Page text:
Here’s what you need to know about investing in a start up
James Sanders founded London Diamonds, an innovative online only bespoke jewellery designer, and is an active investor in start-ups across a range of sectors.
An Entrepreneur and investor in start-ups, James Sanders knows a thing or two about how and when to invest. Here’s his advice.
Every successful business starts with a great idea. For example, when we created the concept for London Diamonds, it was after a realisation of the massive mark-up that traditional jewellers slap on diamond engagement rings.
My wife and I wanted to upgrade her ring, and when we started looking around, it became increasingly apparent that we weren’t paying for the diamond alone. Instead, we were forking out for the showroom, the sales people and the whole ‘experience’.
London Diamonds has created an innovative way to get the same quality jewellery, without paying over the odds. The core of this idea has developed into a really successful venture that customers seem to respond to — and that’s why London Diamonds is currently increasing its share of the lucrative engagement ring market in the UK.
Believe in the start-up you’re backing
The mission of a start-up is always important, and to become successful the entrepreneur needs to believe in it 100%. But if you’re looking to invest in a start-up then you also need to believe in what the start-up is trying to achieve.
I’m always open to discussing start-up ideas with individuals who are clearly driven, have a clear strategy and understand their market. This is what interests me in investing with them. I want to work with start-ups that are led by people who are enthusiastic, motivated and forward-thinking.
Finding true ‘value’ is what drives my investment strategy. Asset valuations in general are controlled by market forces and central banks, so I’m far more interested in investing in a venture that has a tangible benefit for their customers and the wider society.
Consider how risk aware you are
Risk is something you need to think carefully about as an investor in start-ups. In my experience, it’s very common for investors to take on too much risk at the beginning. This is generally in their quest for the best possible returns, but it works better to remain grounded and switch the ‘return on capital’ focus to something more like ‘return of capital”.
We’re currently riding out some seismic geopolitical and economic shocks. Turbulent times can cause risks to be higher — or even cause brand new risks to form — but they are also times of great opportunity.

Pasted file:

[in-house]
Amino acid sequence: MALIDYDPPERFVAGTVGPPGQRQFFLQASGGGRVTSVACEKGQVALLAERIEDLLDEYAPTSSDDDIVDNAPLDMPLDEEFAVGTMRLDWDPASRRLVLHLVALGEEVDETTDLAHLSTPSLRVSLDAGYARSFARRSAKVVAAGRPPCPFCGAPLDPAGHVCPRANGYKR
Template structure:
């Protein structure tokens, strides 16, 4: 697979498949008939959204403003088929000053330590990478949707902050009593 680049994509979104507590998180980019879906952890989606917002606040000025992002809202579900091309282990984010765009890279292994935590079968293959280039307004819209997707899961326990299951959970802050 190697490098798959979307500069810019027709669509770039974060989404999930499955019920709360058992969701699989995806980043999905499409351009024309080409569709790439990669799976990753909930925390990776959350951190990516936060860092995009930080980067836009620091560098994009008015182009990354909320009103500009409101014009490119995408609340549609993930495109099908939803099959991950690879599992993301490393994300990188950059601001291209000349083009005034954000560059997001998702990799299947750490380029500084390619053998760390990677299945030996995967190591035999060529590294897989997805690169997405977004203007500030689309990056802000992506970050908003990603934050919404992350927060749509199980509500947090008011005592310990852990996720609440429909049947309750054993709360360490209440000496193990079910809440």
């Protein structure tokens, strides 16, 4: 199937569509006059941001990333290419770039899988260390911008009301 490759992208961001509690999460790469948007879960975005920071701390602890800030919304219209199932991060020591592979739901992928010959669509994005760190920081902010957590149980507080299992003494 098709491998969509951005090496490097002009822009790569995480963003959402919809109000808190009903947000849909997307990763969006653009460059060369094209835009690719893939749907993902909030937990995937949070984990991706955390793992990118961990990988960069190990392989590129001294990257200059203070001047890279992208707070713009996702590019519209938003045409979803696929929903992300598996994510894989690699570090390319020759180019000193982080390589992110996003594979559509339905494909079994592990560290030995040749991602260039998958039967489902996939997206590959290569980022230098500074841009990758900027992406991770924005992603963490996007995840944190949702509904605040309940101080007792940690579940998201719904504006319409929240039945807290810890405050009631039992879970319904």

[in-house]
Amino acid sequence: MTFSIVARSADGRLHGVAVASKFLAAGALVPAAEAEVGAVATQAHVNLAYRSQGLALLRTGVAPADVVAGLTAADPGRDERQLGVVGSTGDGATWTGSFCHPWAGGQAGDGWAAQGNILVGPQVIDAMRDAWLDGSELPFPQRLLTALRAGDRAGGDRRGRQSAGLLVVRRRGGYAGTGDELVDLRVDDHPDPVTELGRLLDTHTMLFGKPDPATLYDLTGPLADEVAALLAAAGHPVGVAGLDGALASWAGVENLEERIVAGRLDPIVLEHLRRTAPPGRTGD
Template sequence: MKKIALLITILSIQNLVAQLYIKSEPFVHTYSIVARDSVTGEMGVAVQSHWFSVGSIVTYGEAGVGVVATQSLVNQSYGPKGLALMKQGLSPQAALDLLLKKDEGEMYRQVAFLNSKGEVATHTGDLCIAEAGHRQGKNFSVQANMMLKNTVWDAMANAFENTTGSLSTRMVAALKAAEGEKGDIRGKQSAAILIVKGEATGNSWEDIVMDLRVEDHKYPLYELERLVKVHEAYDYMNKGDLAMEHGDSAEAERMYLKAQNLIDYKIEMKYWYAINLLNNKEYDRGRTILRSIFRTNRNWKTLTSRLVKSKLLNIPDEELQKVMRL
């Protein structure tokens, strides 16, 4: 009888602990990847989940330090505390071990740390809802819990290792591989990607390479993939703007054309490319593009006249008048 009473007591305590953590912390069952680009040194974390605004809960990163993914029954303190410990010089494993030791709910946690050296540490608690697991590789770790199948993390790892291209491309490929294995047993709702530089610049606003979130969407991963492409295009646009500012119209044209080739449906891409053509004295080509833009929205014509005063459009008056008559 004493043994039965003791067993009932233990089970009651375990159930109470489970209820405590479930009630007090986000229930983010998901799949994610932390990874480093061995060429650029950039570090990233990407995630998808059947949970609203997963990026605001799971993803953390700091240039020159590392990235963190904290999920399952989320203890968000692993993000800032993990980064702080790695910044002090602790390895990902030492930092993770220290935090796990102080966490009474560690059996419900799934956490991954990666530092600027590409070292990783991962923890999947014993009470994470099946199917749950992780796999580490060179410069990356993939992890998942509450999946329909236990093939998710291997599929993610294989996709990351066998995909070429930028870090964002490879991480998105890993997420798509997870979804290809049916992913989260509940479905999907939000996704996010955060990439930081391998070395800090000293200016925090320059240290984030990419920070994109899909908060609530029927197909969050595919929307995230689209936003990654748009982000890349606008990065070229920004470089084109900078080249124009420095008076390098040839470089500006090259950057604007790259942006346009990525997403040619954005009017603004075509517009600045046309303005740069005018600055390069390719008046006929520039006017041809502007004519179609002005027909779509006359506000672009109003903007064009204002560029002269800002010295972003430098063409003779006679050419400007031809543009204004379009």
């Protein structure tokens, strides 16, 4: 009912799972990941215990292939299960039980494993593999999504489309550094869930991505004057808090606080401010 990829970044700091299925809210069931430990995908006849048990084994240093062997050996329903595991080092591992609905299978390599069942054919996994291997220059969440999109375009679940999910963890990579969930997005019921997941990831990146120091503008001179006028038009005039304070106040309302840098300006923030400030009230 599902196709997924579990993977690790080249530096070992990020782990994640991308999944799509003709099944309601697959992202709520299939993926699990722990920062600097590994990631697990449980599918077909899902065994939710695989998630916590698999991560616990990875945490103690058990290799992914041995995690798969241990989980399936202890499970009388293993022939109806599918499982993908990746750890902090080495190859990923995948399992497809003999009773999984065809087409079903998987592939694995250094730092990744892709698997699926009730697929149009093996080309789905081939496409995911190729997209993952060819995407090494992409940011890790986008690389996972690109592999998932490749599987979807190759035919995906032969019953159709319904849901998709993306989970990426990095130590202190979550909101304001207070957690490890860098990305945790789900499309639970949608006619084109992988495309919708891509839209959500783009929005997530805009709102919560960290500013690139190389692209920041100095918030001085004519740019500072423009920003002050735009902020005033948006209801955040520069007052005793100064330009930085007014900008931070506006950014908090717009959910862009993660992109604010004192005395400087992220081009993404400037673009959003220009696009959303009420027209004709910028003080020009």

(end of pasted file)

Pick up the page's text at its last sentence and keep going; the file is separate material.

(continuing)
Today, investing in the early stages of a start up is far more accessible, and no longer the reserve of HNWIs. Anyone who has some capital and a good understanding of risk can invest in a start-up.
Equity or convertible crowdfunding are accessible investment options
According to start-up business researchers Beauhurst, equity crowdfunding is now among the top three sources of finance for start-ups in the UK. Between 2011 and 2021, the number of businesses that were funded this way rose from eight to just under 600.
Equity crowdfunding attracts investors because of its accessibility and the possibility of very high returns. There are a number of examples we can look at that show early stage investors have got an enormous return on their initial stake. For example, crowdfunding investors for BrewDog received a return of 2,765%.
However, along with the potential for high rewards, there are higher risks. The Office of National Statistics says that around half of all start-up ventures fail within the first three years of operation — not every microbrewery turns into a BrewDog.
I think there are three main pathways into start-up investment for newcomers — crowdfunding, angel investing or Venture Capital fund investing. All of these are viable options, and some offer a lighter risk than others.
How does crowdfunding work for investors?
Crowdfunding platforms allow a number of investors to pledge a stake towards an early round of investment. The investors get an equity stake in return, and when the company floats on the stock market, starts a new round of funding or is acquired, then the investor cashes out.
This kind of funding has led to the success of various big names, including Monzo and Nutmeg. It’s one of the simplest ways to get involved with backing a start-up. Alternatively, you can invest in convertibles, which convert later on to equity shares. The major difference with these is that you obviously don’t know their value upfront.
Whichever investment method you choose, you need to be sure it’s the right start-up for you. In my experience, investors make the most when they are fully behind the start-up they’re backing. So, they believe in the company’s mission, for example, and of course the services or products the start-up produces.
If you fully understand the sector, believe in the start-up’s mission and want to share in their success story, then investing could be the right move for you.
To find out more about James Sanders and London Diamonds click here.